This argument proves too much. Applying this argument to the situation confronted by the United States Supreme Court in Harris v. Oklahoma would lead to a result different from that reached by the Court. After all, robbery with firearms does not require that a murder occur. Nor does felony-murder require that the offense of robbery with firearms occur. The United States Supreme Court, nonetheless, declared that convictions for both felony-murder and the underlying felony of robbery with firearms could not stand.

Schwartz, supra note 7, at 851.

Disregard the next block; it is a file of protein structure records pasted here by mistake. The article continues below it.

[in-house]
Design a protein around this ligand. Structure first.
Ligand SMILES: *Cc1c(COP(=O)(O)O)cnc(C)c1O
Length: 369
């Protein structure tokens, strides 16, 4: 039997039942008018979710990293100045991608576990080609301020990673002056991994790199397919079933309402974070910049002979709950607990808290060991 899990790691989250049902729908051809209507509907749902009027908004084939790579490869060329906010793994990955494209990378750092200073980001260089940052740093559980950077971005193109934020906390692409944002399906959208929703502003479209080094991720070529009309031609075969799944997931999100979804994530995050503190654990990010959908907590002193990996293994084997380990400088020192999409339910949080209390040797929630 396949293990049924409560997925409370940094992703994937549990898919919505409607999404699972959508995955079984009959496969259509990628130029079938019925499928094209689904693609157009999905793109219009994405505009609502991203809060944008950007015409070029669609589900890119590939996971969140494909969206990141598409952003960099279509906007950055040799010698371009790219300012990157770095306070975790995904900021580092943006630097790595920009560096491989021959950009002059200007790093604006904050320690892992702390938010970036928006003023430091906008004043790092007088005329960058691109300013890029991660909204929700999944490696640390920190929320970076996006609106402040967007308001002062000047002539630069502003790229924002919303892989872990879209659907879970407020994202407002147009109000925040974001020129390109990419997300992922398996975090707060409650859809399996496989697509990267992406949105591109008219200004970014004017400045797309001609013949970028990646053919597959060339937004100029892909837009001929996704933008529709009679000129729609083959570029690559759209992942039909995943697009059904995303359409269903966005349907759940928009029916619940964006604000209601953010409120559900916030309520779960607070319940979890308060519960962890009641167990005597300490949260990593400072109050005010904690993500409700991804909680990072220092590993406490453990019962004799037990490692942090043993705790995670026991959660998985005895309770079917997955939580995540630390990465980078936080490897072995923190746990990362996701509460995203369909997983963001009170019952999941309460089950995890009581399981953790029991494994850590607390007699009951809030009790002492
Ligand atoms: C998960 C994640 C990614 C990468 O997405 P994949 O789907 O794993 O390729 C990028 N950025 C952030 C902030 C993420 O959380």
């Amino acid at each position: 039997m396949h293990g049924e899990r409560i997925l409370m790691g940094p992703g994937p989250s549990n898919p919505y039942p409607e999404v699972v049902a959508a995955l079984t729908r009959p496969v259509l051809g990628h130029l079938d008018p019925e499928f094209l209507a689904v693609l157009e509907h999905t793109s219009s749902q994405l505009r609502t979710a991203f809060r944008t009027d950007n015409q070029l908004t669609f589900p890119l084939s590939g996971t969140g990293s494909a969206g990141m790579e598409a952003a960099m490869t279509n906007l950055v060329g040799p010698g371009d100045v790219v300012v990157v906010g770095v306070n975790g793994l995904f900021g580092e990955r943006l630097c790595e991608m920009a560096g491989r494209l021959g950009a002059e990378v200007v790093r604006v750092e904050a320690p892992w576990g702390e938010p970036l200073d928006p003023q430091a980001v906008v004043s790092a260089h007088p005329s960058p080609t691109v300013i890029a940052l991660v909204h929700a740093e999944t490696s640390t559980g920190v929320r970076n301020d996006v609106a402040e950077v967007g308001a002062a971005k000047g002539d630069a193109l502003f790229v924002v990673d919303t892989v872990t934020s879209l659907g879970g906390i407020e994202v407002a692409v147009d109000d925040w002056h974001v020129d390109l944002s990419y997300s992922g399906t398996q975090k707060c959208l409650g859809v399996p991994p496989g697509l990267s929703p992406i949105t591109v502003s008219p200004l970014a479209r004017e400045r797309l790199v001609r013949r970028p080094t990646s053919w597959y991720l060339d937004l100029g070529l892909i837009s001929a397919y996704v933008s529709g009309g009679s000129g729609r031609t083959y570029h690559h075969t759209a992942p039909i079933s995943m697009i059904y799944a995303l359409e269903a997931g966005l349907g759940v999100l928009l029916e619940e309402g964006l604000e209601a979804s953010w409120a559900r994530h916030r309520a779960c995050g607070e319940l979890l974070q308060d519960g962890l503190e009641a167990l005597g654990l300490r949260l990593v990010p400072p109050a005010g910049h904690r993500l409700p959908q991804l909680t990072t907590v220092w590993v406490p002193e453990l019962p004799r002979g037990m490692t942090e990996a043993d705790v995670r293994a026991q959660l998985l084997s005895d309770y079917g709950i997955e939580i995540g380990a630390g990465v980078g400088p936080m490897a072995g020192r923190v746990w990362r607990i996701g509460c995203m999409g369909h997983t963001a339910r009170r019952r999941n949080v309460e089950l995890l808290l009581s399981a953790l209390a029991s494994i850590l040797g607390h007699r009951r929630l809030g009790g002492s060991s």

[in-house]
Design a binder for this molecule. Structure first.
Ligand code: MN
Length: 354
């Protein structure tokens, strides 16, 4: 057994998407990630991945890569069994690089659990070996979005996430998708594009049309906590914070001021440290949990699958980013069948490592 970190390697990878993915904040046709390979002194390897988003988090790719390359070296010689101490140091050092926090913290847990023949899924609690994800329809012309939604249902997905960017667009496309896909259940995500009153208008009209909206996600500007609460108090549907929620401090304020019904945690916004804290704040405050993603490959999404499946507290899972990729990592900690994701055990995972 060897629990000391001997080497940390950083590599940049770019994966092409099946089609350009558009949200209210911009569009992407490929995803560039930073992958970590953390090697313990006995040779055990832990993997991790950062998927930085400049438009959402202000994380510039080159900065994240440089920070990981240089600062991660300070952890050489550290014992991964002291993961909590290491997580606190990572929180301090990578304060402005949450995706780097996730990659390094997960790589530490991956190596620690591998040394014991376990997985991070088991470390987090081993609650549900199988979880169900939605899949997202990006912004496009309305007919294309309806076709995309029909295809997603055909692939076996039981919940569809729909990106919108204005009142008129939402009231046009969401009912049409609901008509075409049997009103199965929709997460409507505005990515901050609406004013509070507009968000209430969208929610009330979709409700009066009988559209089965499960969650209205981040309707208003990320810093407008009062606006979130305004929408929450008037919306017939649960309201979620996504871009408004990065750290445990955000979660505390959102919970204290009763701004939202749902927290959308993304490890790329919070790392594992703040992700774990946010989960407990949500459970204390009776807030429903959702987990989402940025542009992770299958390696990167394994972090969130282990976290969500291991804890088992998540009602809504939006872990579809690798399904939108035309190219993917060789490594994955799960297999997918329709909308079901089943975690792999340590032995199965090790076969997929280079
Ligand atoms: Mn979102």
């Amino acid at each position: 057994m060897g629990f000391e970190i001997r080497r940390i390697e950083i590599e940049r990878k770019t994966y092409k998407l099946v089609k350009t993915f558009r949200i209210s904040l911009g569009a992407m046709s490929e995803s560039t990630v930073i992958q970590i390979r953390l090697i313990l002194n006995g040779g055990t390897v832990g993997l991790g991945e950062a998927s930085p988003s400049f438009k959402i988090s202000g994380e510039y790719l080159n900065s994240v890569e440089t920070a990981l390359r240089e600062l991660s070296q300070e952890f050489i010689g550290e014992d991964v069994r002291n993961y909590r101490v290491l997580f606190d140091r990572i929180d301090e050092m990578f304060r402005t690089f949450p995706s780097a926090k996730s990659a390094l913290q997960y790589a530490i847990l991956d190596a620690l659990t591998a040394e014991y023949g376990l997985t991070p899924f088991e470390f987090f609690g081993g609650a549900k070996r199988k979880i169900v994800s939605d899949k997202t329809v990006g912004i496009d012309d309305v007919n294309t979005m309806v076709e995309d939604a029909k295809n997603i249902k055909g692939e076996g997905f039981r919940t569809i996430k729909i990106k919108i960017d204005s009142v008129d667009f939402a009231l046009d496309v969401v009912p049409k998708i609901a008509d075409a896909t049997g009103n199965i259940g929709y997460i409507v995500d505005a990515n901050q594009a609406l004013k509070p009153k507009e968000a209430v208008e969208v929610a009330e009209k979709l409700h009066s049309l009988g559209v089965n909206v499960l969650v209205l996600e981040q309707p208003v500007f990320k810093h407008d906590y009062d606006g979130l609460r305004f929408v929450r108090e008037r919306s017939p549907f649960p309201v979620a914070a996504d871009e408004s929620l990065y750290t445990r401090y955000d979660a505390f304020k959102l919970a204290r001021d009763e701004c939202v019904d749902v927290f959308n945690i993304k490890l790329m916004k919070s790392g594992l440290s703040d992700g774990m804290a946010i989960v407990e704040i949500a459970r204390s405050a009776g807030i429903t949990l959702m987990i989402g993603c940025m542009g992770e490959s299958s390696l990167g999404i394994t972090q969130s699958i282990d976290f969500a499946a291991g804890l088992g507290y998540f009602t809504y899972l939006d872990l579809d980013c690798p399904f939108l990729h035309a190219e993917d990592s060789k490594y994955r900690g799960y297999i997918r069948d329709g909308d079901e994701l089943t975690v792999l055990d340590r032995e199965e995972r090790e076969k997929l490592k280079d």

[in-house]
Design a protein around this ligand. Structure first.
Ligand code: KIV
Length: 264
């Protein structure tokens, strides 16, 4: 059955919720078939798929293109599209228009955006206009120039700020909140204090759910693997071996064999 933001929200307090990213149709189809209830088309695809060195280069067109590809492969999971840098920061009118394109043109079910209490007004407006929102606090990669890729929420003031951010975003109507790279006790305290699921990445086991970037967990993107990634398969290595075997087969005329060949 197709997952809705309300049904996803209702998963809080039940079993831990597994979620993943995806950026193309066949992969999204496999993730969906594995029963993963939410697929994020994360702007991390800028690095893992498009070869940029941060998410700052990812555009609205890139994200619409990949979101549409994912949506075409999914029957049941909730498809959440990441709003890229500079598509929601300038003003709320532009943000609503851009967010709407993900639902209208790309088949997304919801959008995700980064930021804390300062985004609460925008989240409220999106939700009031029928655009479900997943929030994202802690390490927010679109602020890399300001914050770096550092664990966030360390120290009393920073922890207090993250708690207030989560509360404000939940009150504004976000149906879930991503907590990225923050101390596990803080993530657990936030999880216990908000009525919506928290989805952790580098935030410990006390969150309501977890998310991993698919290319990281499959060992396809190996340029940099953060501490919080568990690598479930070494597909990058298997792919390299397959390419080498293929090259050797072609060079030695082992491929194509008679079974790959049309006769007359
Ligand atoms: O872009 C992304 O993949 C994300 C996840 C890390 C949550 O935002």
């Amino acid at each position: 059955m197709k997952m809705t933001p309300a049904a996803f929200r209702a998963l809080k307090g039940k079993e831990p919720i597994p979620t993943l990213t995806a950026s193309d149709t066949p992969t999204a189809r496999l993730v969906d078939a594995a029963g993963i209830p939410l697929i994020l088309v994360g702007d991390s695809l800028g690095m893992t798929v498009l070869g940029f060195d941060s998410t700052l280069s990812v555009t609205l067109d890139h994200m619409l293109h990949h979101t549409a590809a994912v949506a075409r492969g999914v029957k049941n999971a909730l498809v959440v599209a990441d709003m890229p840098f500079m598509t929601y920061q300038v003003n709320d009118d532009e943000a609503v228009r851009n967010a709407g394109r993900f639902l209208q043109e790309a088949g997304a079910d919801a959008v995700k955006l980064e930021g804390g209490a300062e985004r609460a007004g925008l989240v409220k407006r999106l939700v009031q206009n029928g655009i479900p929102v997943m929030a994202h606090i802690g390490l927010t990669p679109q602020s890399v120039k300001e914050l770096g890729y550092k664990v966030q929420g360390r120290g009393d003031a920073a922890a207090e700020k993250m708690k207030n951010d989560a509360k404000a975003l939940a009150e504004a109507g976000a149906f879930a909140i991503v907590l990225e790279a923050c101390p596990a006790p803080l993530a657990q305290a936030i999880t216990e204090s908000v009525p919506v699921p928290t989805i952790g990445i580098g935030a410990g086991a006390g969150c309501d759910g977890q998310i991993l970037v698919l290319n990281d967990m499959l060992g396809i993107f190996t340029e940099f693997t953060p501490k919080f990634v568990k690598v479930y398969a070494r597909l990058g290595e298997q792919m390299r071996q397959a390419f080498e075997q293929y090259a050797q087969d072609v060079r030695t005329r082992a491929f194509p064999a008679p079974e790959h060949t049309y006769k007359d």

It has been argued that the rationale of Harris, which involved successive prosecutions first for felony-murder and then for the underlying felony, does not apply in the context of a single proceeding involving multiple charges. The argument that Harris does not apply in cases in which a defendant is convicted of both crimes at the same trial has been rejected in cases that follow Harris. State v. Pinder, 375 So.2d 836, 838 (Fla. 1979); Tyson v. State, Ind., 386 N.E.2d 1185, 1193 (1979); Mitchell v. State, Ind., 382 N.E.2d 932, 934 (1978); Elmore v. State, Ind., 382 N.E.2d 893, 894-95 (1978); State v. Frye, 283 Md. 709, 393 A.2d 1372, 1375 (1978); State v. Innis, R.I., 391 A.2d 1158, 1165 (1978), cert. granted, 440 U.S. 934, 99 S.Ct. 1277, 59 L.Ed.2d 492 (1979); Briggs v. State, Tenn., 573 S.W.2d 157, 159 (1978). The argument that the double jeopardy clause does not prohibit punishing a defendant for both of two crimes charged in a single prosecution where one of the crimes is an incident included in the other also contradicts the holding in State v. Neal, 514 S.W.2d 544, 548 (Mo. banc 1974) and State v. Parsons, 513 S.W.2d 430, 438 (Mo. 1974). This argument also overlooks the fact that the case for which the "required proof" test is named, Blockburger v. United States, 284 U.S. 299, 52 S.Ct. 180, 76 L.Ed. 306 (1932), itself involved a single prosecution. "[T]he prosecution may not do in one trial what it is prohibited from doing in two trials." Elmore v. State, 382 N.E.2d at 894-95.